Lili-Marlene Premilovich, better known as Lene Lovich (March 30, 1949) is an American singer of Serbian and British parentage. Lovich was born in Detroit, Michigan to a British mother and a Serbian father, but after her father became mentally unstable her mother took her and her three siblings to live in Hull, England. Lovich met the guitarist/songwriter Les Chappell, who became her longtime collaborator, when they were teenagers.
Lovich was born in Detroit, Michigan to a British mother and a Serbian father, but after her father became mentally unstable her mother took her and her three siblings to live in Hull, England. Lovich met the guitarist/songwriter Les Chappell, who became her longtime collaborator, when they were teenagers. In the Autumn of 1968, they went to London, England to attend art school. It was there that Lovich first tied her hair into the plaits that later became a visual trademark, though at first she did it to keep her hair out of the clay when studying sculpture.
Over the following decade, Lovich attended several art schools, busked around the London Underground and appeared in cabaret clubs as an "Oriental" dancer. She also travelled to Spain, where she visited Salvador Dal? in his home. She played acoustic rock music around London, sang in the mass choir of a show called Quintessence at the Royal Albert Hall, played a soldier in Arthur Brown's show, worked as a "go-go" dancer with the Radio One Roadshow, toured Italy with a West Indian soul band, and played saxophone for Bob Flag's Balloon and Banana Band and for an all-girl cabaret trio, The Sensations. She recorded screams for horror films, adapted lyrics for French disco star Cerrone (including the sci-fi dance smash "Supernature," later recorded by Lovich in her own version) and worked with various fringe theatre groups. She was also one of thousands of people in the audience at the 1972 Lanchester Arts Festival when Chuck Berry recorded the risqu? "My Ding-a-Ling" for Chess Records. As the audience was encouraged to sing-a-long technically this could be described as her first appearance on record. The record was a No. 1 hit in the UK and the US.
In 1975, Lene joined The Diversions, a funk group that put out five singles and an album on Polydor Records without success. In 1978, disc jockey and author Charlie Gillett presented her to Stiff Records boss, Dave Robinson, who quickly signed her to a contract. Her first single for Stiff was "I Think We're Alone Now", a cover of a song originally performed by Tommy James & The Shondells.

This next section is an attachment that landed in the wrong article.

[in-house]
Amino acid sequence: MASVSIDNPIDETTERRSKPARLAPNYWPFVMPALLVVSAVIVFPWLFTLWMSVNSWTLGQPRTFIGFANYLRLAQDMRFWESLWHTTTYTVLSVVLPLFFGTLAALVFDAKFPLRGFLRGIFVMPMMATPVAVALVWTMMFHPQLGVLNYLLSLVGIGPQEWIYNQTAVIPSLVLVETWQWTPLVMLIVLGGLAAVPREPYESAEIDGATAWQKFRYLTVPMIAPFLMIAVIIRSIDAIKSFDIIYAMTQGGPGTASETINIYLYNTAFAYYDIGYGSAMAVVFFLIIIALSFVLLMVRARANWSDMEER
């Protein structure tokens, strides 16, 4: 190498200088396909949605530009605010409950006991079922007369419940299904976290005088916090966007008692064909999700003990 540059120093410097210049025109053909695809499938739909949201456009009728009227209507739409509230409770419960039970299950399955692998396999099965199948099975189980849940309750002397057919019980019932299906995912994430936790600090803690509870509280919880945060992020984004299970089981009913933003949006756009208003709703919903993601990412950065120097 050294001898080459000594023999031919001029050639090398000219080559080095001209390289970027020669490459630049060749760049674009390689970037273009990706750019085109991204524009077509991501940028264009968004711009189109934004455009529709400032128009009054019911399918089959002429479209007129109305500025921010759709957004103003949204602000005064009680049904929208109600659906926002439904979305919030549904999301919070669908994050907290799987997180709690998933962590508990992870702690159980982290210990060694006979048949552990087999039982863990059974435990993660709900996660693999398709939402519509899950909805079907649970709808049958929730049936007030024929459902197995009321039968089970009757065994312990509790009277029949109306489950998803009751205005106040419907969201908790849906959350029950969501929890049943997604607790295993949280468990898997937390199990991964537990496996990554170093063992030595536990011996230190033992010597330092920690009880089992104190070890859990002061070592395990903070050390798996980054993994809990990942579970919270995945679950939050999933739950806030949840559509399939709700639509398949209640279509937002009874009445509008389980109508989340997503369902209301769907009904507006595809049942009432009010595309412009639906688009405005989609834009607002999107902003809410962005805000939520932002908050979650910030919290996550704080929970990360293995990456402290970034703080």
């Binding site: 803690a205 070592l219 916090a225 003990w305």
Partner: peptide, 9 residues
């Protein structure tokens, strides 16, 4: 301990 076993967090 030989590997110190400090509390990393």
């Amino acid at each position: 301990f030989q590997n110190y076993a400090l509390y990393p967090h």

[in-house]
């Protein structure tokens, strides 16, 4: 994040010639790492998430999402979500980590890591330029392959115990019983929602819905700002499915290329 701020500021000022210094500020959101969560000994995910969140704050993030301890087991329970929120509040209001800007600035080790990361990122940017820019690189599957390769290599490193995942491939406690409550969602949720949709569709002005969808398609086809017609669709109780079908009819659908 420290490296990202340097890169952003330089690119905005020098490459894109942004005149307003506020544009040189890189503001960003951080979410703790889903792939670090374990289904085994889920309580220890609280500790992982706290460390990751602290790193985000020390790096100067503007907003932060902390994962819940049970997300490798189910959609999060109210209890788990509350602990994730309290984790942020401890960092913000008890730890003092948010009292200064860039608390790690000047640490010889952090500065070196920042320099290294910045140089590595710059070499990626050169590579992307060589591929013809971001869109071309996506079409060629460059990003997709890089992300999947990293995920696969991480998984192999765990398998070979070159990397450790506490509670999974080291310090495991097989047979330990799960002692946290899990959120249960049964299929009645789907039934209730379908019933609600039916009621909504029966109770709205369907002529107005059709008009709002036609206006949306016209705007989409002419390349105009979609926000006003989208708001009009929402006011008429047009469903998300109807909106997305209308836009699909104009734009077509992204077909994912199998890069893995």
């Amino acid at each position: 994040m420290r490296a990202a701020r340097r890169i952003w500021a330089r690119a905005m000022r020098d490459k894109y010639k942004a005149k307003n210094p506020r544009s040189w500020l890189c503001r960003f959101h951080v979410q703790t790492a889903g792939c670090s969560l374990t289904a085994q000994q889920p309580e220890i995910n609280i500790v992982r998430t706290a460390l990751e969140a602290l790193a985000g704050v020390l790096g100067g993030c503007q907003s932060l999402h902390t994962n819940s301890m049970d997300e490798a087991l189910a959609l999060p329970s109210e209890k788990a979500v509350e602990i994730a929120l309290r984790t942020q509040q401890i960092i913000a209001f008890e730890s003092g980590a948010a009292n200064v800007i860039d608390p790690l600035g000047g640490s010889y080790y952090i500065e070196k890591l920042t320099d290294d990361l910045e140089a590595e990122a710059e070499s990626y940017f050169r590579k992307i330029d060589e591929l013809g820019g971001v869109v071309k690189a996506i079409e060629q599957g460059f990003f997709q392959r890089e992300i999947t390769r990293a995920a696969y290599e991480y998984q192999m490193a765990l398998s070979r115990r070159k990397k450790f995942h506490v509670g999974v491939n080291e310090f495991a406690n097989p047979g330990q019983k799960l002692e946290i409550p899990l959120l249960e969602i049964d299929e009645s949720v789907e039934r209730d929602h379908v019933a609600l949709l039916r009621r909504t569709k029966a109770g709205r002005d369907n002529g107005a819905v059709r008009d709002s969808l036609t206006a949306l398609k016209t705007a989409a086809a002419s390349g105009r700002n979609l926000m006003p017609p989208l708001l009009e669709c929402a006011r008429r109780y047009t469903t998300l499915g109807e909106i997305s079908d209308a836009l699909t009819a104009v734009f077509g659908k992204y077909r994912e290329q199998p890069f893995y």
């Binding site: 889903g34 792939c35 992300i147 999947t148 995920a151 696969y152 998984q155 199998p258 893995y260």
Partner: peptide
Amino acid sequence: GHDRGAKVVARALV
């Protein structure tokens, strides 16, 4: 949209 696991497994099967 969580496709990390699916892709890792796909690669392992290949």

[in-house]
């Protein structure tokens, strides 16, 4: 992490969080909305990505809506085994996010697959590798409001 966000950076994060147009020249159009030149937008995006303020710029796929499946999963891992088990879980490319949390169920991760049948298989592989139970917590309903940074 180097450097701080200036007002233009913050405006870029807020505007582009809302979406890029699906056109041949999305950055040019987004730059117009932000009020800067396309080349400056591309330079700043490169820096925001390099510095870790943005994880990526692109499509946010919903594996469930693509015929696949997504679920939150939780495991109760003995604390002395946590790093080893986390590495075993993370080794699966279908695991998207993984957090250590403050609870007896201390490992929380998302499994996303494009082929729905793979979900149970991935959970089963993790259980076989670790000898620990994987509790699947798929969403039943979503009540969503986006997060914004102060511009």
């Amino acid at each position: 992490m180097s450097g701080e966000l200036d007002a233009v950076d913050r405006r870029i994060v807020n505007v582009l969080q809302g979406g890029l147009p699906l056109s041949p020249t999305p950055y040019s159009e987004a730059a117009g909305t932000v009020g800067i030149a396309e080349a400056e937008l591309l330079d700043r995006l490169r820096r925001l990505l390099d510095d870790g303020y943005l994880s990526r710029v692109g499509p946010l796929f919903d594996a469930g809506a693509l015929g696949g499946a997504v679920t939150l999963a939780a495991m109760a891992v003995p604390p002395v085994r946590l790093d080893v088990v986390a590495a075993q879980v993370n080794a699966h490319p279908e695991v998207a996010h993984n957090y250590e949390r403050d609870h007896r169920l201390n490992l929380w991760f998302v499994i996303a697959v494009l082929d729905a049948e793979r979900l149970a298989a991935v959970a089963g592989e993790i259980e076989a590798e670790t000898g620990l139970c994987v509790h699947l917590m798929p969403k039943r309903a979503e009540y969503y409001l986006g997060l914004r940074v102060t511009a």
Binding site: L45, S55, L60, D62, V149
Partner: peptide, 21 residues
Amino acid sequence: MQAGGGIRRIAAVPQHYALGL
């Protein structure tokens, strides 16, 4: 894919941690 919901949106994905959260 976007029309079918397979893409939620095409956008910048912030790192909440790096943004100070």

Invited to join the Be Stiff Route 78 Tour on 1978, Lovich quickly recorded her first album for Stiff, Stateless, which spawned the remixed hit singles "Lucky Number" and "Say When." Lovich's musical style combined ethnic influences with then current punk rock and new wave.
Maintaining her long term writing partnership with Les Chappell, Lovich recorded the albums Flex and No-Man's-Land for Stiff over the next few years, as well as an EP titled New Toy, the title cut penned by touring band member Thomas Dolby. She also recorded vocals for the track 'Picnic Boy' by The Residents. Following her departure from Stiff, Lovich released "Don't Kill The Animals," a single with Nina Hagen, with whom she had previously appeared in Cha Cha, a film that also starred Herman Brood; together, the three created the film's soundtrack.
In 1989, after an absence of several years, she recorded the album, March which was only moderately successful and was not released until nearly a year after the album's single "Wonderland" had been issued and become an American dance hit. Lovich continues to perform in much the same style she did back in the 1970s and 1980s, with Les Chappell still at her side. In 2005 she appeared on Hawkwind's Take Me to Your Leader CD, as well as appearing occasionally on stage with them.
Lovich's first album since March, entitled Shadows and Dust received a limited release on Mike Thorne's Stereo Society label on September 13, 2005.